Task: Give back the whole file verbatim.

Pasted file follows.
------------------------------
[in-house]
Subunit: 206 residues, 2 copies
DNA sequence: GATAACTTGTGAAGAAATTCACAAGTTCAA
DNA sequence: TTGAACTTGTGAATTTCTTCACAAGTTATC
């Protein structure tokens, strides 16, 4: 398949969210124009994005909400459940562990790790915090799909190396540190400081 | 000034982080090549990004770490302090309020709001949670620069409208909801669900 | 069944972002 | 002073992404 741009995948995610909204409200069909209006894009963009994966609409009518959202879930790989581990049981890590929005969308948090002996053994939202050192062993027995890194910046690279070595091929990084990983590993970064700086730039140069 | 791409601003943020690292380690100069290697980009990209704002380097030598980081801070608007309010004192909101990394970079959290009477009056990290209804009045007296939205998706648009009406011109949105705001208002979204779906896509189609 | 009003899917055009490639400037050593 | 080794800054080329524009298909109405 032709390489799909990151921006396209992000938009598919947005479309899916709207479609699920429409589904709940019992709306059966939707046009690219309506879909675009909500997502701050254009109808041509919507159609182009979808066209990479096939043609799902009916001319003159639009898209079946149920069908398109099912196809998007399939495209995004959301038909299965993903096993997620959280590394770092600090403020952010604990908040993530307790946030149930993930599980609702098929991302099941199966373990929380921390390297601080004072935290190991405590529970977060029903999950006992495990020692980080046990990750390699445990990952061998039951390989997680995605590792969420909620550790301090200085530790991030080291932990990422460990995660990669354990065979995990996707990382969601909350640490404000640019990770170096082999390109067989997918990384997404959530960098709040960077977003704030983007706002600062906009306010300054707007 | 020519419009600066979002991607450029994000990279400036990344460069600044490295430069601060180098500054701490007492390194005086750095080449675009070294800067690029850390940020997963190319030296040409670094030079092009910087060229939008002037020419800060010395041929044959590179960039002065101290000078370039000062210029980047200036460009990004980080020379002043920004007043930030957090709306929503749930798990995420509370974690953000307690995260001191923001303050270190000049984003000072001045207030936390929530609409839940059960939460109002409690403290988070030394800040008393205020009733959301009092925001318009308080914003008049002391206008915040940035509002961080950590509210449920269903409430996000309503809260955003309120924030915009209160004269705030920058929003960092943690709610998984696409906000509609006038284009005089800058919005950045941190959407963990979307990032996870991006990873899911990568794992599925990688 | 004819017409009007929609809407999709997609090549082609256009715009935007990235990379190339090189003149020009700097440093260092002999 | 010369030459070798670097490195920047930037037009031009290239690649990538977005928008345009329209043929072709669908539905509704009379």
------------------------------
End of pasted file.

[in-house]
Subunit: 206 residues, 2 copies
DNA sequence: GATAACTTGTGAAGAAATTCACAAGTTCAA
DNA sequence: TTGAACTTGTGAATTTCTTCACAAGTTATC
């Protein structure tokens, strides 16, 4: 398949969210124009994005909400459940562990790790915090799909190396540190400081 | 000034982080090549990004770490302090309020709001949670620069409208909801669900 | 069944972002 | 002073992404 741009995948995610909204409200069909209006894009963009994966609409009518959202879930790989581990049981890590929005969308948090002996053994939202050192062993027995890194910046690279070595091929990084990983590993970064700086730039140069 | 791409601003943020690292380690100069290697980009990209704002380097030598980081801070608007309010004192909101990394970079959290009477009056990290209804009045007296939205998706648009009406011109949105705001208002979204779906896509189609 | 009003899917055009490639400037050593 | 080794800054080329524009298909109405 032709390489799909990151921006396209992000938009598919947005479309899916709207479609699920429409589904709940019992709306059966939707046009690219309506879909675009909500997502701050254009109808041509919507159609182009979808066209990479096939043609799902009916001319003159639009898209079946149920069908398109099912196809998007399939495209995004959301038909299965993903096993997620959280590394770092600090403020952010604990908040993530307790946030149930993930599980609702098929991302099941199966373990929380921390390297601080004072935290190991405590529970977060029903999950006992495990020692980080046990990750390699445990990952061998039951390989997680995605590792969420909620550790301090200085530790991030080291932990990422460990995660990669354990065979995990996707990382969601909350640490404000640019990770170096082999390109067989997918990384997404959530960098709040960077977003704030983007706002600062906009306010300054707007 | 020519419009600066979002991607450029994000990279400036990344460069600044490295430069601060180098500054701490007492390194005086750095080449675009070294800067690029850390940020997963190319030296040409670094030079092009910087060229939008002037020419800060010395041929044959590179960039002065101290000078370039000062210029980047200036460009990004980080020379002043920004007043930030957090709306929503749930798990995420509370974690953000307690995260001191923001303050270190000049984003000072001045207030936390929530609409839940059960939460109002409690403290988070030394800040008393205020009733959301009092925001318009308080914003008049002391206008915040940035509002961080950590509210449920269903409430996000309503809260955003309120924030915009209160004269705030920058929003960092943690709610998984696409906000509609006038284009005089800058919005950045941190959407963990979307990032996870991006990873899911990568794992599925990688 | 004819017409009007929609809407999709997609090549082609256009715009935007990235990379190339090189003149020009700097440093260092002999 | 010369030459070798670097490195920047930037037009031009290239690649990538977005928008345009329209043929072709669908539905509704009379």